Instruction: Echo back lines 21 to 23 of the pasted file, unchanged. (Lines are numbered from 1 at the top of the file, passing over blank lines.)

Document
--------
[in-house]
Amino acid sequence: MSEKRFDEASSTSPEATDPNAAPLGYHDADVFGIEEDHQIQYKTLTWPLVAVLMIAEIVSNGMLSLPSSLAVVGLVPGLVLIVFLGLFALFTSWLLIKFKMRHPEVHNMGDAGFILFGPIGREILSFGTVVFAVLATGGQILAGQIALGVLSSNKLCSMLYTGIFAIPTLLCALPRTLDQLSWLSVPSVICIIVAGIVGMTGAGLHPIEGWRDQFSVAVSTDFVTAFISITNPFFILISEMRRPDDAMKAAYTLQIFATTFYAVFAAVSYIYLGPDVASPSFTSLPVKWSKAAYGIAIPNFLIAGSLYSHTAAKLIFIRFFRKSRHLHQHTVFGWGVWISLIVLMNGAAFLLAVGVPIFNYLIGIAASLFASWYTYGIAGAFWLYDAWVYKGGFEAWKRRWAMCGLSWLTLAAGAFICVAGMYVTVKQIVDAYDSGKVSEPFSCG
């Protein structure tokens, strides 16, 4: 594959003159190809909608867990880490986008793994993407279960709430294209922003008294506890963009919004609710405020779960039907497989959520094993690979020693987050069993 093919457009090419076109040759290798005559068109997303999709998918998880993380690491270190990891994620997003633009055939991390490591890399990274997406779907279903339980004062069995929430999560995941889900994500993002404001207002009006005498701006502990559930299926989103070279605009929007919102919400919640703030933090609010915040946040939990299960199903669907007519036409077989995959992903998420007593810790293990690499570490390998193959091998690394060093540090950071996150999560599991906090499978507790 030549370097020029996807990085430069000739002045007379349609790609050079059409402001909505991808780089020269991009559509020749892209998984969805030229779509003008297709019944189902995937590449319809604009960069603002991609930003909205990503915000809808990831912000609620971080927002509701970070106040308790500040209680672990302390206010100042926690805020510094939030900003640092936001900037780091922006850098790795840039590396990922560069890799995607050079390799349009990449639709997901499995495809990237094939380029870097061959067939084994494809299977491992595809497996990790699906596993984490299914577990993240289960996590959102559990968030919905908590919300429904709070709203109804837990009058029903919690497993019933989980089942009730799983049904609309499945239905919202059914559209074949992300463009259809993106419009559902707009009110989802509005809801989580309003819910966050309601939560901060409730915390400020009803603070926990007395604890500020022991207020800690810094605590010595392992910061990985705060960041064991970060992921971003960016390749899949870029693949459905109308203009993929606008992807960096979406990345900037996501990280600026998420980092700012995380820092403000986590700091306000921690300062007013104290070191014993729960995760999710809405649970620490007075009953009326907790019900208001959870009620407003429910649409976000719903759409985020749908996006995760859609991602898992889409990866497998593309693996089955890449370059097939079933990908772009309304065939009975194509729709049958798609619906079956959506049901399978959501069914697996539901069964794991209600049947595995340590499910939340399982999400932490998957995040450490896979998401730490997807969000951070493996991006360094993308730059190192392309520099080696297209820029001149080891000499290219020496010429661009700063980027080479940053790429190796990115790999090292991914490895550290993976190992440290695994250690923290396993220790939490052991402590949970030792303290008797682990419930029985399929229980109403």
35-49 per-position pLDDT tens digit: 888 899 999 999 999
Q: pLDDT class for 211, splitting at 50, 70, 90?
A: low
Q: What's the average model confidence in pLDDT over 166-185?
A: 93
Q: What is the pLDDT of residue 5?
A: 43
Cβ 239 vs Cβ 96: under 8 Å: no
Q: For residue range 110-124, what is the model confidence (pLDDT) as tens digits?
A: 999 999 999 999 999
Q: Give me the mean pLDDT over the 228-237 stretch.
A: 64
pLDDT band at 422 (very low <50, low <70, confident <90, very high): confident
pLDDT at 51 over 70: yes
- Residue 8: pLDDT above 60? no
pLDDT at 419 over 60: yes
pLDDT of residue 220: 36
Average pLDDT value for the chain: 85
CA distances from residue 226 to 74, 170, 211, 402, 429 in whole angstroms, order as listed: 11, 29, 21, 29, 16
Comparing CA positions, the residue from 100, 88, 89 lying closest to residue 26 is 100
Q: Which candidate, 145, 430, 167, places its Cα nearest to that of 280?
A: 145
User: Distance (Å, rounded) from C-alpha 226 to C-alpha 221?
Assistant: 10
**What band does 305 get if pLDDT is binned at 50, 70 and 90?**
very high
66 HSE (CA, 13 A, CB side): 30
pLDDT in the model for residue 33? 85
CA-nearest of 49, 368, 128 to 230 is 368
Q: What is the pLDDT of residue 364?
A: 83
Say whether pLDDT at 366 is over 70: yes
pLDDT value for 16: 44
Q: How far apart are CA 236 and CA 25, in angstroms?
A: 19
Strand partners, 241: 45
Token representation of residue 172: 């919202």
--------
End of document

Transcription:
Average pLDDT value for the chain: 85
CA distances from residue 226 to 74, 170, 211, 402, 429 in whole angstroms, order as listed: 11, 29, 21, 29, 16
Comparing CA positions, the residue from 100, 88, 89 lying closest to residue 26 is 100